You Should Watch “Pressing On: The Letterpress Film”

This past weekend I had the pleasure of watching Pressing On: The Letterpress Film. This was the result of a Kickstarter campaign and it is a lovely work! I’m a big DIYer and Maker in general, so this film was right up my alley regarding doing something slow and methodical with your hands to get a sense of accomplishment… while also collecting and sharing the history of letterpress.

It’s truly a lovely film and worth your time if you can get access to it. I seriously want a mini letterpress now in my home because of this film. I love paper, and have too many paper journals already.

Anyway, go see this film! I know I’ll be waiting for the DVD distribution!

Also, a lovely review for The Last April was written this past weekend by Emma Lucas, a book blogger and Instagrammer. I’ve included some snippets for fun:

CAN’T PUT IT DOWN RATING: 4/5
….It was educational, intriguing, and explained history to me through the eyes of Gretchen. The thoughts and feelings of both sides are exquisitely communicated through the use of dialogue and of newspaper articles, the issues surrounding ‘fake news’ (as often seen today!) were still prevalent all those years ago, with newspaper bias and genuine reporting mistakes, which led to wide struck panic and confusion and something that we can all understand.

….Overall, I would highly recommend this book, both to adults and young adults a like, for those with an interest in war fiction, of historical fiction or as an educational tool to learn. I would strongly suggest the book to any teachers who may be looking to educate students in an engaging way through story telling. Kroll’s writing is crisp and very easy to understand, and when I begrudgingly had to put the book down, it was very easy to pick it back up again.

Adults may find that the story is lacking in terms of gore, details on deaths etc, however as this is set for a younger audience this is more than understandable and did not in anyway impede my enjoyment of the book.

However, although the story is set in the past, unfortunately uncertain political times are a general constant somewhere in the world. The novella raises themes of hope, fear, and looking toward the future during these times, so will always have relevance.

I love following Emma’s book reviews because she always chooses a tea to correlate with her reading.

She suggests you read The Last April with Taylor’s of Harrogate Sour Cherry tea, because it’s “punchy as Gretchen’s attitude with a slight bitterness of Aunt Klegg, with the sweetness of Karl. Perfect accompaniment to this read!”

Camp Chase Soldier Statue Toppled

Is it is surreal that I wrote a story about a Confederate soldier released from Columbus, Ohio’s Camp Chase prison camp given current events. I learned just now on Facebook that the cemetery I visited back in June, with mixed feelings I might add, had its soldier statue toppled.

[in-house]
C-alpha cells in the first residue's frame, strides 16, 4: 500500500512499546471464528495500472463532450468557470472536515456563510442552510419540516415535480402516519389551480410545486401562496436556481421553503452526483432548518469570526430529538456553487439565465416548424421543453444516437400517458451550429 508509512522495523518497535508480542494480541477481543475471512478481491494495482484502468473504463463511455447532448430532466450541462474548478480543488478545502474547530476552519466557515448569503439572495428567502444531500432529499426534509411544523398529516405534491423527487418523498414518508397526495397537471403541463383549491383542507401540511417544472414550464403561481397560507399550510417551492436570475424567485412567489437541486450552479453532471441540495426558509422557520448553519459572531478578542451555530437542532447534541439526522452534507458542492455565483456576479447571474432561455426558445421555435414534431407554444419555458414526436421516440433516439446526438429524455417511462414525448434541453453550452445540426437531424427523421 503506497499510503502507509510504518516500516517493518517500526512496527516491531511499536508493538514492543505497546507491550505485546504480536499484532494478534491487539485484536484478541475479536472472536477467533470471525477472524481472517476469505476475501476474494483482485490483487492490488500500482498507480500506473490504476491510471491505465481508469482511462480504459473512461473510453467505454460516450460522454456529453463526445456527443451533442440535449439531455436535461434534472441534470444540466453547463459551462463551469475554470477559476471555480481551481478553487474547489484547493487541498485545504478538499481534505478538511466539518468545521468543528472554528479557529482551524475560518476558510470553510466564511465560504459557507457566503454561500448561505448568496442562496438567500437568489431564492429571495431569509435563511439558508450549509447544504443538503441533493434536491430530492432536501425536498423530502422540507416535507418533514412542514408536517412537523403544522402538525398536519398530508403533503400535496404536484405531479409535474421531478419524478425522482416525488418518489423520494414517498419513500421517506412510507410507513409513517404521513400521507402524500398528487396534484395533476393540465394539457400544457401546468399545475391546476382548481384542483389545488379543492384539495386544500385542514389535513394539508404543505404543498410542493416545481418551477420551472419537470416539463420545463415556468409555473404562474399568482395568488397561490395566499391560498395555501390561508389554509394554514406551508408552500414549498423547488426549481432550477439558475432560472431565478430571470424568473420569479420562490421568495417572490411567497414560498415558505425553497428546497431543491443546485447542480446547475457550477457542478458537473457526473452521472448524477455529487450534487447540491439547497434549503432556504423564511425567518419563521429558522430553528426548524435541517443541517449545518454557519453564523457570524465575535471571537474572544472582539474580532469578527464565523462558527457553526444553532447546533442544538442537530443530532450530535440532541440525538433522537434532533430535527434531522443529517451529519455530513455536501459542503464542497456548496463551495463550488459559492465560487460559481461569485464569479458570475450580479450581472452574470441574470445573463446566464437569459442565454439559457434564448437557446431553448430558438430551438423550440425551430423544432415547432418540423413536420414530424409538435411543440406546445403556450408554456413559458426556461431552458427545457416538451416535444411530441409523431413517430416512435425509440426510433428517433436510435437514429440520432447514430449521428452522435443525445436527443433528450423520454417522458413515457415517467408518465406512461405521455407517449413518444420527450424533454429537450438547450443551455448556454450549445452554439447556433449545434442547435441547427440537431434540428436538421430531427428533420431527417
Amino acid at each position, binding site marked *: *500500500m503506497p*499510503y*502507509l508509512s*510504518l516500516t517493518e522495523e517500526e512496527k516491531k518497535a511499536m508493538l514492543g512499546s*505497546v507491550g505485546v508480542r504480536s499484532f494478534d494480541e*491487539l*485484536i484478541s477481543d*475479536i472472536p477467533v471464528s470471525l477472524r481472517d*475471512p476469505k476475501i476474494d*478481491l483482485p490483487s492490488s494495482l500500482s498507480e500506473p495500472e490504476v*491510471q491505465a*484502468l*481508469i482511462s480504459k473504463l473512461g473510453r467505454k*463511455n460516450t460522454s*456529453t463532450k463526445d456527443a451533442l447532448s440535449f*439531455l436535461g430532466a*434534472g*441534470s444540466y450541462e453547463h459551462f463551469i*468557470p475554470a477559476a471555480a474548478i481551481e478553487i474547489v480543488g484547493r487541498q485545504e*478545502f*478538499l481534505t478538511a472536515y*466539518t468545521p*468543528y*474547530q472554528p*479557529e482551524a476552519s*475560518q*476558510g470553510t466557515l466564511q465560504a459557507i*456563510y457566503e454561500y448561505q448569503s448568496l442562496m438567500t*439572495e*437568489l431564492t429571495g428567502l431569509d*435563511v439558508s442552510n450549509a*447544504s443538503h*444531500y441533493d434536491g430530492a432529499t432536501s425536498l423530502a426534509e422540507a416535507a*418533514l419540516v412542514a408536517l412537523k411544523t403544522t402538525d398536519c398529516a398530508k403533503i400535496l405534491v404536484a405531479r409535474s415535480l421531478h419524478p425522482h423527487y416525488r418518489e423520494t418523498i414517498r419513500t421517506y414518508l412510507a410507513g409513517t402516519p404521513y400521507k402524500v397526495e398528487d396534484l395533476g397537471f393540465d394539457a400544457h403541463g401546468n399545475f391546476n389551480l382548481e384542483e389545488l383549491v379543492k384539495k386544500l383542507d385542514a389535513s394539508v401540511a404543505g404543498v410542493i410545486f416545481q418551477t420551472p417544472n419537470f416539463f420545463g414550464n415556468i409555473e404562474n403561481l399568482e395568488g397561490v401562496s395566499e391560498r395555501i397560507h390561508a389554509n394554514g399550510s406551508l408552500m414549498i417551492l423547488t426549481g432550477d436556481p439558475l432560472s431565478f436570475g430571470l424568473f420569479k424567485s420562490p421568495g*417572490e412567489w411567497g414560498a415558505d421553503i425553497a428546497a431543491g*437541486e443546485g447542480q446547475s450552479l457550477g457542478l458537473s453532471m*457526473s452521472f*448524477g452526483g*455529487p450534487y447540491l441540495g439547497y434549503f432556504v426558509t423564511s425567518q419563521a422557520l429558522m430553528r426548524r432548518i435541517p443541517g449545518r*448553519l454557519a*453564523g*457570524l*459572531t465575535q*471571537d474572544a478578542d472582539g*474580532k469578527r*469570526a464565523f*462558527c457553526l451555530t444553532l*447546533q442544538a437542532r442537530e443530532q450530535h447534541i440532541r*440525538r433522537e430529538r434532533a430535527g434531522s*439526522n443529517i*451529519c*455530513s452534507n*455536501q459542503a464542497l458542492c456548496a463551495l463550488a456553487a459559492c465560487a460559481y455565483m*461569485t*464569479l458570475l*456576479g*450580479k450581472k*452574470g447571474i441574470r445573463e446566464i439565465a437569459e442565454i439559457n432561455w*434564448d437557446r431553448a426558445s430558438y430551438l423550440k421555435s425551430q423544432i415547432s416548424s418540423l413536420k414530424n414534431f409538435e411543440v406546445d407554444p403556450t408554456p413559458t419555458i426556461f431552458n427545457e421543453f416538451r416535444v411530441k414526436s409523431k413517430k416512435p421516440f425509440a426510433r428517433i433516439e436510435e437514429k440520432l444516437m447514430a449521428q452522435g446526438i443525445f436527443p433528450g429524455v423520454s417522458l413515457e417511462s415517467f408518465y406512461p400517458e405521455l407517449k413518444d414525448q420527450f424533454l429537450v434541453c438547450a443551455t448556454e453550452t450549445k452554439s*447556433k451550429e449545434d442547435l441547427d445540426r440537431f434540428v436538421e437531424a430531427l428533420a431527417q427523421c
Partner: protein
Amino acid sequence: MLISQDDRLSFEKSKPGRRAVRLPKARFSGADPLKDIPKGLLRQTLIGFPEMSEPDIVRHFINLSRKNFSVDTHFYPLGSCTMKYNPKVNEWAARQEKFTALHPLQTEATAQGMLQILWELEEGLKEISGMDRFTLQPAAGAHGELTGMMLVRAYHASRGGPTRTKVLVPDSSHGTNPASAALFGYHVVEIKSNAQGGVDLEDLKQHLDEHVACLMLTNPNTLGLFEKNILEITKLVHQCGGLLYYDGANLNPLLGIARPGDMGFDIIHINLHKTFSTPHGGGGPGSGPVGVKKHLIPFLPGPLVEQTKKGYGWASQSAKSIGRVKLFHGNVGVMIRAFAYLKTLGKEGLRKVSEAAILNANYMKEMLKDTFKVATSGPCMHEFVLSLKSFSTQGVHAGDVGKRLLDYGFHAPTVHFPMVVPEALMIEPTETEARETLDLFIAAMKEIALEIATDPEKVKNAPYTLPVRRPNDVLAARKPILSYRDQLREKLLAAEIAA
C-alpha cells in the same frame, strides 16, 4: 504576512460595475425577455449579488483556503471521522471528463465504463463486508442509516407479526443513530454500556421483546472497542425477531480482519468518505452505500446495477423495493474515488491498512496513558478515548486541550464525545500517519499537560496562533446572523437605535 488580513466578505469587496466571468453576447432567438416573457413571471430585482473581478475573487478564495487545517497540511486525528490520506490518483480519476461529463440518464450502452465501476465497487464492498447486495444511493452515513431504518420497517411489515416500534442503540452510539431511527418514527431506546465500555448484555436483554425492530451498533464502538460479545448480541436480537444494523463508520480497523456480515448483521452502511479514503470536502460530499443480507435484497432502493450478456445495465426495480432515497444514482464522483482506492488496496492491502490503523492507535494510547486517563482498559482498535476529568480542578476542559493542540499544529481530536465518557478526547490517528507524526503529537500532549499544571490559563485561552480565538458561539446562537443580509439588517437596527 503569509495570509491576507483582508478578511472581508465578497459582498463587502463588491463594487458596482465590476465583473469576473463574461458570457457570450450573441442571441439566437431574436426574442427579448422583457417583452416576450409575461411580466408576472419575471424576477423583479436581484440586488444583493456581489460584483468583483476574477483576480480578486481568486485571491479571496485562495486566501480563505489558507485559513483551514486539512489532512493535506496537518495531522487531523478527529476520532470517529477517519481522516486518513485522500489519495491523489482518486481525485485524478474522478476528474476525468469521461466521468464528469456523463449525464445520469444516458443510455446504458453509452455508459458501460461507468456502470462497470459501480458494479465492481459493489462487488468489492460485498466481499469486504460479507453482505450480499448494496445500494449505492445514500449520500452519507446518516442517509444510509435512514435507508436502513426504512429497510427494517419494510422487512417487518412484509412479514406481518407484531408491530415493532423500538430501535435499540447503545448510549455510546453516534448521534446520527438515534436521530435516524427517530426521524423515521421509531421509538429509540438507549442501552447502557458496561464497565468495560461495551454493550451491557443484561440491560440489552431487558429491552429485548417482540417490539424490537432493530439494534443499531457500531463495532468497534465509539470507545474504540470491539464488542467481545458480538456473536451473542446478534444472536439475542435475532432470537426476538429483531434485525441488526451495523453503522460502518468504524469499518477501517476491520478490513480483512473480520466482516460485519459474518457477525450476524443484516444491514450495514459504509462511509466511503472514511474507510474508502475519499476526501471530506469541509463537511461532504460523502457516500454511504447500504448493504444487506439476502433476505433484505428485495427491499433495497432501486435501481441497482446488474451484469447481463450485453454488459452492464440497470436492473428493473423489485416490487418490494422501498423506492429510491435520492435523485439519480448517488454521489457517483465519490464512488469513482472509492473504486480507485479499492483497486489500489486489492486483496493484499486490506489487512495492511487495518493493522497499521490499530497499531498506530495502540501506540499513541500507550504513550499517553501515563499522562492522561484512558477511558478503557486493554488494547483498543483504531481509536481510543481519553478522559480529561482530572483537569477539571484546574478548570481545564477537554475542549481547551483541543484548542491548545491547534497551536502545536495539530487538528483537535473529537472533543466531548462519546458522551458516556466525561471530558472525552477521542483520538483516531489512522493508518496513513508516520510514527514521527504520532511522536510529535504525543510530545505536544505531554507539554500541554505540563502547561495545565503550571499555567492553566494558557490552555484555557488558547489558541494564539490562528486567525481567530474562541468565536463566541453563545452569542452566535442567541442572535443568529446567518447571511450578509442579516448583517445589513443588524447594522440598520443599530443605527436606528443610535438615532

What’s ironic about the Camp Chase cemetery and the existence of this statue at all is that it was raised by Union officer William H. Knauss, who led the first memorial and later wrote a book about the prison. His intent was to honor these Confederate prison fatalities as Americans, not Confederates, as labeled on the arch. Since Columbus has the largest Confederate cemetery outside of the former Confederate States of America, one might take a cynical view to Knauss’s efforts.

Was he just trying to make money? Did he want the fame and glory of a book tour? It doesn’t seem like it… he raised money to renovate the cemetery, to put walls around it, and to invite those with Union and Confederate leanings to remember that which made the United States a singular rather than plural noun.

That said, glorifying a piece of the past is quite dangerous. If there are statues depicting Confederate officers, then there should also be statues depicting the slavery they fought to protect. And not the minstrel song and dance slaves, but those which depict liberation. If the point is to “remember our history,” then let’s remember history holistically.

It’s a semantic quibble to argue whether the American Civil War was about slavery or states’ rights. The Confederate government went to war with the Federal government for their right to determine whether slavery was legal or not, which does, in essence, make the war about slavery.

Lest we forget, a number of the statues toppled so far were built during the heydey of Jim Crow laws and the anti-Civil Rights era to act as reminders that people died to keep slavery around, and that there are generations of families who might, if pushed, do so again.

It is time we reevaluate how we pay homage and how we hope future generations interpret such symbols of homage.

Keeping it Light Today with Some Instagram Fun!